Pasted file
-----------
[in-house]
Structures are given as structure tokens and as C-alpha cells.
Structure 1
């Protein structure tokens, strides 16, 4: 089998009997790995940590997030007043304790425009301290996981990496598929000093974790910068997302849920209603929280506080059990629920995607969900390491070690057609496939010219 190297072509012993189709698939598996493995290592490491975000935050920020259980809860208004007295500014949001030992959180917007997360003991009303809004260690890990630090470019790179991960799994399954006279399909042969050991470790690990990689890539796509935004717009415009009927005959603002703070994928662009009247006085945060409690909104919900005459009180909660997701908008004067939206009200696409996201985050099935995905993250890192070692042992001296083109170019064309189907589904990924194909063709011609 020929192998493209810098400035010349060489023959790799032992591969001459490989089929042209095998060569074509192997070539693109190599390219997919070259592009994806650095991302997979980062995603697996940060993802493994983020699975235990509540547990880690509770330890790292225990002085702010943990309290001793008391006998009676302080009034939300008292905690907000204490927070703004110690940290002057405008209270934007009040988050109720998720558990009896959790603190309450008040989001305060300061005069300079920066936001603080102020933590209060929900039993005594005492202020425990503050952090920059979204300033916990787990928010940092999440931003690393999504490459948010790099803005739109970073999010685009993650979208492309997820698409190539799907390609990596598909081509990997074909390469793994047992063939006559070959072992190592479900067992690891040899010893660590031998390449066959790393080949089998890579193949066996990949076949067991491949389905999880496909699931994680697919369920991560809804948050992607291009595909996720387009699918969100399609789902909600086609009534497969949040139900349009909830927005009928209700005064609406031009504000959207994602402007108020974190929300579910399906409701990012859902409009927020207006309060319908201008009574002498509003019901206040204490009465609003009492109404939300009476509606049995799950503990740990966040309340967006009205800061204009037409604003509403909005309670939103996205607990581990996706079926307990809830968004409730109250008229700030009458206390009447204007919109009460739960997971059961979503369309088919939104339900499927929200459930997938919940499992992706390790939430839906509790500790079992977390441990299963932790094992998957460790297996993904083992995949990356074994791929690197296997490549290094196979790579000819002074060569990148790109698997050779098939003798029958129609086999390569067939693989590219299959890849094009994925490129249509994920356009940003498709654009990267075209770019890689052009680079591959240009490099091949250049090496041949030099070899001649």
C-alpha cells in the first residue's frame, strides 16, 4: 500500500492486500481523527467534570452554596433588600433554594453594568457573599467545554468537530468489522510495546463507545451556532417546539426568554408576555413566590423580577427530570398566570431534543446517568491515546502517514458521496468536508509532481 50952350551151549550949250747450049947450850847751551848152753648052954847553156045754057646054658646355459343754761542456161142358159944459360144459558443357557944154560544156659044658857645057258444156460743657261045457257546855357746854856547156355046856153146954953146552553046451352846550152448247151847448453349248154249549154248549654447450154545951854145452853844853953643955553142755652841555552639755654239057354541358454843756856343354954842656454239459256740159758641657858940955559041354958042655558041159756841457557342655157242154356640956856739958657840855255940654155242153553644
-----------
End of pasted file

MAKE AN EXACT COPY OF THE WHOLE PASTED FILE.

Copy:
[in-house]
Structures are given as structure tokens and as C-alpha cells.
Structure 1
């Protein structure tokens, strides 16, 4: 089998009997790995940590997030007043304790425009301290996981990496598929000093974790910068997302849920209603929280506080059990629920995607969900390491070690057609496939010219 190297072509012993189709698939598996493995290592490491975000935050920020259980809860208004007295500014949001030992959180917007997360003991009303809004260690890990630090470019790179991960799994399954006279399909042969050991470790690990990689890539796509935004717009415009009927005959603002703070994928662009009247006085945060409690909104919900005459009180909660997701908008004067939206009200696409996201985050099935995905993250890192070692042992001296083109170019064309189907589904990924194909063709011609 020929192998493209810098400035010349060489023959790799032992591969001459490989089929042209095998060569074509192997070539693109190599390219997919070259592009994806650095991302997979980062995603697996940060993802493994983020699975235990509540547990880690509770330890790292225990002085702010943990309290001793008391006998009676302080009034939300008292905690907000204490927070703004110690940290002057405008209270934007009040988050109720998720558990009896959790603190309450008040989001305060300061005069300079920066936001603080102020933590209060929900039993005594005492202020425990503050952090920059979204300033916990787990928010940092999440931003690393999504490459948010790099803005739109970073999010685009993650979208492309997820698409190539799907390609990596598909081509990997074909390469793994047992063939006559070959072992190592479900067992690891040899010893660590031998390449066959790393080949089998890579193949066996990949076949067991491949389905999880496909699931994680697919369920991560809804948050992607291009595909996720387009699918969100399609789902909600086609009534497969949040139900349009909830927005009928209700005064609406031009504000959207994602402007108020974190929300579910399906409701990012859902409009927020207006309060319908201008009574002498509003019901206040204490009465609003009492109404939300009476509606049995799950503990740990966040309340967006009205800061204009037409604003509403909005309670939103996205607990581990996706079926307990809830968004409730109250008229700030009458206390009447204007919109009460739960997971059961979503369309088919939104339900499927929200459930997938919940499992992706390790939430839906509790500790079992977390441990299963932790094992998957460790297996993904083992995949990356074994791929690197296997490549290094196979790579000819002074060569990148790109698997050779098939003798029958129609086999390569067939693989590219299959890849094009994925490129249509994920356009940003498709654009990267075209770019890689052009680079591959240009490099091949250049090496041949030099070899001649």
C-alpha cells in the first residue's frame, strides 16, 4: 500500500492486500481523527467534570452554596433588600433554594453594568457573599467545554468537530468489522510495546463507545451556532417546539426568554408576555413566590423580577427530570398566570431534543446517568491515546502517514458521496468536508509532481 50952350551151549550949250747450049947450850847751551848152753648052954847553156045754057646054658646355459343754761542456161142358159944459360144459558443357557944154560544156659044658857645057258444156460743657261045457257546855357746854856547156355046856153146954953146552553046451352846550152448247151847448453349248154249549154248549654447450154545951854145452853844853953643955553142755652841555552639755654239057354541358454843756856343354954842656454239459256740159758641657858940955559041354958042655558041159756841457557342655157242154356640956856739958657840855255940654155242153553644